Most of the general public knows about the problems with NYCHA, but few understand that they come from brutal cuts from the federal, state, and city government over the last two decades. NYCHA hasn’t done itself any favors to be sure, but everyone is happy to declare NYCHA incompetent or criminal and move on. Just look at the near-miss federal receivership that NYCHA just went through. It didn’t require any new funding from the feds or the state or acknowledge their joint role in harming NYCHA residents through funding cuts.
This reality makes any funding look like a godsend to the public, especially if it involves private investment. The complexity of RAD and in-fill development are hard to push back on in this environment, even though they are terrible for residents in the short-term and long-term.
Demolition is a different story. Especially when it involves displacing working class NYCHA residents for expensive market-rate units. Such a clear loss of affordable housing just a few blocks from the grotesque Hudson Yards, at a time of increased concerns over inequality, paints a very simple and stark narrative for the public. It says the quiet part loud: our leaders are handing over the city to the rich and evicting the poor and the working class to do so.
There has already been an outcry from NYCHA organizers and allies about Fulton Houses. The mayor has responded with predictable defensiveness and dismissiveness, but the pushback might very well kill the plan — for now.
But the larger battle is to change the national narrative about publicly owned homes in America. The truth is, when they are funded, they work. NYCHA is a great place to start. Despite its recent failures, it has largely been a success story for most of its 80 years. In a city with less and less affordability, in the midst of an unprecedented housing and homelessness crisis, NYCHA remains the best affordable housing program we have. It remains an affordable home for over 400,000 New Yorkers. We need more publicly owned homes, not less.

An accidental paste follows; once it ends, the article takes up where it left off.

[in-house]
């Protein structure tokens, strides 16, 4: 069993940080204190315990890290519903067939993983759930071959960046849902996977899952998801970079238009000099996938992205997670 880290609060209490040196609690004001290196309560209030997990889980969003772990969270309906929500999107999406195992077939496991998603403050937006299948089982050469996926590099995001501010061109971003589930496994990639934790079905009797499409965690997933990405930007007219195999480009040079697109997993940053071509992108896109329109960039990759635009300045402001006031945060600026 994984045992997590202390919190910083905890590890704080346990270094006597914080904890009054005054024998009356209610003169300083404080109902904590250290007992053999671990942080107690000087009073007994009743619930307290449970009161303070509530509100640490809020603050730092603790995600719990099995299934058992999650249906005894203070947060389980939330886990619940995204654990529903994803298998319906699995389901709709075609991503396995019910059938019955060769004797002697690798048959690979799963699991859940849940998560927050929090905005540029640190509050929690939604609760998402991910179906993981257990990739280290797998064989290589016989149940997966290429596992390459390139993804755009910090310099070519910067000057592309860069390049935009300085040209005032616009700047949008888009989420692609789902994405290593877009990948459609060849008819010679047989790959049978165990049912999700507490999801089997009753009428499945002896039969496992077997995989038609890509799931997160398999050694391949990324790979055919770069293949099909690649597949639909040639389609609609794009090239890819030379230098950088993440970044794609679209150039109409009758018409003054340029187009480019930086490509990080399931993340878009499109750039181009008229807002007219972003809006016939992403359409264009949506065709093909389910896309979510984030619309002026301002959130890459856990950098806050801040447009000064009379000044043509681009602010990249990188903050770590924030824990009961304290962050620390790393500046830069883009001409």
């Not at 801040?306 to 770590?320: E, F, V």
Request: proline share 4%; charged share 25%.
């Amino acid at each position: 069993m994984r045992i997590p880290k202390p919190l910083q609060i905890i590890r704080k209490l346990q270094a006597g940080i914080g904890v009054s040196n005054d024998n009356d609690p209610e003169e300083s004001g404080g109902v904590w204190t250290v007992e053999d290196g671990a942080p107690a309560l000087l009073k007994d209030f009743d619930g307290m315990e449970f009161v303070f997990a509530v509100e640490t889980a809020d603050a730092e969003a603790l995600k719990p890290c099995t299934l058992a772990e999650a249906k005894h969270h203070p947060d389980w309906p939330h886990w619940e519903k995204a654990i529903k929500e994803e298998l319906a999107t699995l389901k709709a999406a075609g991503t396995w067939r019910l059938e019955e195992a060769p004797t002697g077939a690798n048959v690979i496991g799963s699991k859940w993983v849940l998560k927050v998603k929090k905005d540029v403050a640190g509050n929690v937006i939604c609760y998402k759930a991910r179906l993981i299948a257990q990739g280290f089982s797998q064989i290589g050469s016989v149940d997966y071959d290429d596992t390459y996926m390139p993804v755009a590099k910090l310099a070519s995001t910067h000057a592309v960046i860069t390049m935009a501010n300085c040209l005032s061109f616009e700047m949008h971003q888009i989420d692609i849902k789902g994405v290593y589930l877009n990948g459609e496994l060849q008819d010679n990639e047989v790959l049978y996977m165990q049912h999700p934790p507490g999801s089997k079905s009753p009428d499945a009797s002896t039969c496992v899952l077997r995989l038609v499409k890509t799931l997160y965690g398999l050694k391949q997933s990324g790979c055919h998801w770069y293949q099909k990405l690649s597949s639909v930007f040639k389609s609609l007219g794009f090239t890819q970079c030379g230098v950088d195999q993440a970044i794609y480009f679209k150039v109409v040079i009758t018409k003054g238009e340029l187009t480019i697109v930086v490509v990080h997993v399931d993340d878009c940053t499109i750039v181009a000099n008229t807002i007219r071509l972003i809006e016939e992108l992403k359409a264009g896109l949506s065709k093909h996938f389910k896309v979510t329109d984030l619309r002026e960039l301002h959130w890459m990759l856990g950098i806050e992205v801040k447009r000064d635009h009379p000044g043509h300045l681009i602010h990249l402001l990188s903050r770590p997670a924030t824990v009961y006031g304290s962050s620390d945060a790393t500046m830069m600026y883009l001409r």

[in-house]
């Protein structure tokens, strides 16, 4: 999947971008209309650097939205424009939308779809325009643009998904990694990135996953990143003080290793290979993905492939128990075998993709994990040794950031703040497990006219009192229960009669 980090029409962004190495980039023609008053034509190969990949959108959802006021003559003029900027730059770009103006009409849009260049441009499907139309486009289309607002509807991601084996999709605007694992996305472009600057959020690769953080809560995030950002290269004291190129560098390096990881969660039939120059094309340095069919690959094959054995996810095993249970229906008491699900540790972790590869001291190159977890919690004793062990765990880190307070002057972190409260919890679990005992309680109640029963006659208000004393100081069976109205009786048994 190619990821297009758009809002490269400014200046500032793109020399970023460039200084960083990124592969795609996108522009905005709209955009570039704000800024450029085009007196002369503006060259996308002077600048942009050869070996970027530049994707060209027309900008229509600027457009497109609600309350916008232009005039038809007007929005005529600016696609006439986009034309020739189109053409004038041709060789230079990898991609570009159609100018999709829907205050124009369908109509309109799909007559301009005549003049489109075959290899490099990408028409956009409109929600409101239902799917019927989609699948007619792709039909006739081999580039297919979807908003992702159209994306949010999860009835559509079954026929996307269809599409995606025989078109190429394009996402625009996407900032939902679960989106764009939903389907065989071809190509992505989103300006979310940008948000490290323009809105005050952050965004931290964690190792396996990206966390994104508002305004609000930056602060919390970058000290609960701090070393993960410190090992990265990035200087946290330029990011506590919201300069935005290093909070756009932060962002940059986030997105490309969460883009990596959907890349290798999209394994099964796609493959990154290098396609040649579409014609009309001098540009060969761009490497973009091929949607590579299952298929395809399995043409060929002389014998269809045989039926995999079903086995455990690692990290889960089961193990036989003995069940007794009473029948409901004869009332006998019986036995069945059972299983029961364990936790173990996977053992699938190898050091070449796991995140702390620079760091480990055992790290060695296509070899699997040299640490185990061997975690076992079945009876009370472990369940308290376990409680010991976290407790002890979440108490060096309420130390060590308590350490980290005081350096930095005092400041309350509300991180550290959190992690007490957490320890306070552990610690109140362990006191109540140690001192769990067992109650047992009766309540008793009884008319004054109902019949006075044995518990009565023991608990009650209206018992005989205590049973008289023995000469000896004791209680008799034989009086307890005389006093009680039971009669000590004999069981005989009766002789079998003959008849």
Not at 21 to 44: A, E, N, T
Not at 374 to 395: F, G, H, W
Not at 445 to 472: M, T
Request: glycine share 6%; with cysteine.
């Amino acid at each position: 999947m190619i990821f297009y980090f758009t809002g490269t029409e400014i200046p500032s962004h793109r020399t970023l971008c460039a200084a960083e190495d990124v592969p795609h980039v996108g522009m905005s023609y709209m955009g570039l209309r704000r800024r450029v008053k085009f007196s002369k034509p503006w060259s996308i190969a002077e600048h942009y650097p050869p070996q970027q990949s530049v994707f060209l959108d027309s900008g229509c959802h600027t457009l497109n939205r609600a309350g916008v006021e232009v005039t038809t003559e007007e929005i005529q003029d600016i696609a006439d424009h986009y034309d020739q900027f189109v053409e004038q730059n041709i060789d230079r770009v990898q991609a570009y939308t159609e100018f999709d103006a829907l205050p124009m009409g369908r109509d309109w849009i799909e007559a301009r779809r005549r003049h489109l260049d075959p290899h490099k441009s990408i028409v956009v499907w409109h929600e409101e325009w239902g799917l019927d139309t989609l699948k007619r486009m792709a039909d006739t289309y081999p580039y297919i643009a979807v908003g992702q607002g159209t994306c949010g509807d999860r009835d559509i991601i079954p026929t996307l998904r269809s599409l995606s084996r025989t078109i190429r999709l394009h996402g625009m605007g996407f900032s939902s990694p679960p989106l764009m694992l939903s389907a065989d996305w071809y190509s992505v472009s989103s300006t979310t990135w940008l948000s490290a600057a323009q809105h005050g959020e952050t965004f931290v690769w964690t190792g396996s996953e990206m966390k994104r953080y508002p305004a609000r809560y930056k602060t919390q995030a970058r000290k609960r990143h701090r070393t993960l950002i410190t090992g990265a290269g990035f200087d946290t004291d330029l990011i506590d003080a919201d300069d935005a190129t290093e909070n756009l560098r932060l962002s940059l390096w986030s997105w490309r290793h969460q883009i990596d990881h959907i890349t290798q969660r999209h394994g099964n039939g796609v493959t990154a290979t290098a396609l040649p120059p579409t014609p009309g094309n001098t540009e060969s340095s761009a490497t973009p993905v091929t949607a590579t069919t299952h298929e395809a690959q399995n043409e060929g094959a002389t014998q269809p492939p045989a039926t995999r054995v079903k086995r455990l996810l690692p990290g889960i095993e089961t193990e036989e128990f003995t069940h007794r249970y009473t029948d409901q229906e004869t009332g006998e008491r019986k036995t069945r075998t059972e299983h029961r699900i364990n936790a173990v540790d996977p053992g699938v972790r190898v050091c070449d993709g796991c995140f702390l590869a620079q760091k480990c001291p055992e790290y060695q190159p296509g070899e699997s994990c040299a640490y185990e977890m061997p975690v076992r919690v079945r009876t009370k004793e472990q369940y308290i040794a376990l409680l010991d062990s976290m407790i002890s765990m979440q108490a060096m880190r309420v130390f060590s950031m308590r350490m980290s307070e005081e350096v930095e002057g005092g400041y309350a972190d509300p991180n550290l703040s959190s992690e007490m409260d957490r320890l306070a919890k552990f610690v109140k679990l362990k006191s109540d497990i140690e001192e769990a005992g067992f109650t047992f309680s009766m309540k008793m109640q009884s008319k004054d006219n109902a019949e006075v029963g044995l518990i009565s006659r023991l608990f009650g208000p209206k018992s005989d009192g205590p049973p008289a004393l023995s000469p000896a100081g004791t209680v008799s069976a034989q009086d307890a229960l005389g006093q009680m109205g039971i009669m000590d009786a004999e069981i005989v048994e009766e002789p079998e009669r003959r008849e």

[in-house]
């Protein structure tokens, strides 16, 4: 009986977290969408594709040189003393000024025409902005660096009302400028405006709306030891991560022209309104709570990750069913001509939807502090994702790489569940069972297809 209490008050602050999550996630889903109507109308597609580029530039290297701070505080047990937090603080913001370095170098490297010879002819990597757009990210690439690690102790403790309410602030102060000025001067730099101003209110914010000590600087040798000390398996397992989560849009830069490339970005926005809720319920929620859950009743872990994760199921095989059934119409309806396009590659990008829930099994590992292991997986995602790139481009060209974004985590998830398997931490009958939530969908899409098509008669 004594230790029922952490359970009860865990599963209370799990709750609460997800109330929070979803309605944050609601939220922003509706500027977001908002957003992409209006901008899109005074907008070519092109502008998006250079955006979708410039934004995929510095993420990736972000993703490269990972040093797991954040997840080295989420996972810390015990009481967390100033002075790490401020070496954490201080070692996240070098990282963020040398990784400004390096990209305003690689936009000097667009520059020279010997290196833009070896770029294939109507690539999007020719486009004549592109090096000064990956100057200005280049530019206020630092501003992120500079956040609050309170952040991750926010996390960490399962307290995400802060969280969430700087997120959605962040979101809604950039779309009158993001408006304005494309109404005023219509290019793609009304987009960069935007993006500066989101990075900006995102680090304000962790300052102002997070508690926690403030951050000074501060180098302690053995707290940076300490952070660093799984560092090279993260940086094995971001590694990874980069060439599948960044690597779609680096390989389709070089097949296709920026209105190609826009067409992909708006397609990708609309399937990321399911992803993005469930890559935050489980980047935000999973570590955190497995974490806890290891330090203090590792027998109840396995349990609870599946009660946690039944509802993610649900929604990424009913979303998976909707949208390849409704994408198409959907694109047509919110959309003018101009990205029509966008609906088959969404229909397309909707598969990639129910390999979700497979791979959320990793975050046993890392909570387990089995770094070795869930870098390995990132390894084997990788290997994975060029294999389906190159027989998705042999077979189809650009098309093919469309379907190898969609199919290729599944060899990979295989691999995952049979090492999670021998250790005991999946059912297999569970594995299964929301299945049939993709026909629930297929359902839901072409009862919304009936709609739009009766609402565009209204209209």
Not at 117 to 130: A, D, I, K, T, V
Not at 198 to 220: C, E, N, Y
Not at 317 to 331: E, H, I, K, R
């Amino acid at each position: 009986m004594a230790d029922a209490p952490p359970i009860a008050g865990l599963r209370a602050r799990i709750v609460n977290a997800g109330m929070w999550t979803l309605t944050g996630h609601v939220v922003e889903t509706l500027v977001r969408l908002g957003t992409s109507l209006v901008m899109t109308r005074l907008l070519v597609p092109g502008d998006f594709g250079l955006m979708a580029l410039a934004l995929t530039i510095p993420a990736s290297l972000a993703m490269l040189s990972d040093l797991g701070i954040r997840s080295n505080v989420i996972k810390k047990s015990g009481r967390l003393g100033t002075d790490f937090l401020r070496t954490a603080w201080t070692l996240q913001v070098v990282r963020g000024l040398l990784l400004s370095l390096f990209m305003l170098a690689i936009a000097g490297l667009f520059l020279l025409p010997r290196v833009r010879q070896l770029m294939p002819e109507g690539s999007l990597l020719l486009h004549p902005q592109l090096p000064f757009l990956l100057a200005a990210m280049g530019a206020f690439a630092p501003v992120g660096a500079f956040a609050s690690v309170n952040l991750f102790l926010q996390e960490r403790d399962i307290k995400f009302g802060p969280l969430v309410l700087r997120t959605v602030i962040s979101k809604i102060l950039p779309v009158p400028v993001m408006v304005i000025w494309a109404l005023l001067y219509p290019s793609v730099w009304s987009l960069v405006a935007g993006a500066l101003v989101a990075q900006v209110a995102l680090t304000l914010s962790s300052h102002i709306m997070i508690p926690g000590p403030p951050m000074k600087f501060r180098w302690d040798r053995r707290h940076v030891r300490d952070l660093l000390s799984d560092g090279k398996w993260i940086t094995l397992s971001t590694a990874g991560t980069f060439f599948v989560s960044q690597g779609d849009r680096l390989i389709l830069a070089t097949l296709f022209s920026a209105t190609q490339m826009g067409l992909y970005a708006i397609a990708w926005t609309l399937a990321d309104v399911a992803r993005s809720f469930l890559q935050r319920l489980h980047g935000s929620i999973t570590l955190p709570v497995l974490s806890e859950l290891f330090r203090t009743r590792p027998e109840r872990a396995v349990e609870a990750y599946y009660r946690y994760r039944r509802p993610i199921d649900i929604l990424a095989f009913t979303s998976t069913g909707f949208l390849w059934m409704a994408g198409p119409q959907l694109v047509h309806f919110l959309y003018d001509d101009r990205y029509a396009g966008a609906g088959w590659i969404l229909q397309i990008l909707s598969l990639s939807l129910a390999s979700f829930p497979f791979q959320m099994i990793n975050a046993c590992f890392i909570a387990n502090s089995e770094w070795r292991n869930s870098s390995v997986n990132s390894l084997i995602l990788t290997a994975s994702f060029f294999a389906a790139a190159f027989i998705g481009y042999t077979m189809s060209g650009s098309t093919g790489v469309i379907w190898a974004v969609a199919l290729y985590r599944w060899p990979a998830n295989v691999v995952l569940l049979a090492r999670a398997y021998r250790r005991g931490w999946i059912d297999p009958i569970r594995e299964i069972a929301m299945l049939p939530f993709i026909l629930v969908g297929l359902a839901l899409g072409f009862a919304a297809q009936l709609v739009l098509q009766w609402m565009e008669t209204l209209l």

Encouragingly, recent polling conducted by Data for Progress has shown that most people support more publicly owned homes even without knowing more about it. This shows that a sustained effort to fight for NYCHA could increase the public’s support of it and for publicly owned homes in general. If this can be done, there is a real chance to change the narrative, save NYCHA, and expand publicly owned homes around the country.
More importantly, Americans are waking up to the lies of scarcity capitalism. The public is skeptical of why our unprecedented economic expansion hasn’t translated to higher wages and better public infrastructure. Tax cuts and subsidies for the rich and austerity for the rest is a raw deal and it’s not working. We need public money to go to public infrastructure that benefits all of us.
There is a real chance to save NYCHA, not by letting private developers get their hands on it, but by getting the funding it needs, especially from the federal government. It means amplifying NYCHA residents and their efforts to organize (hopefully leading to a rent strike). It means binding NYCHA residents with the broader tenant movement in NYC that’s fighting for Universal Rent Control. And it means appealing to New Yorkers who worry that what is happening to NYCHA residents might come to their homes sooner than later. Because unless we reject scarcity capitalism, it will.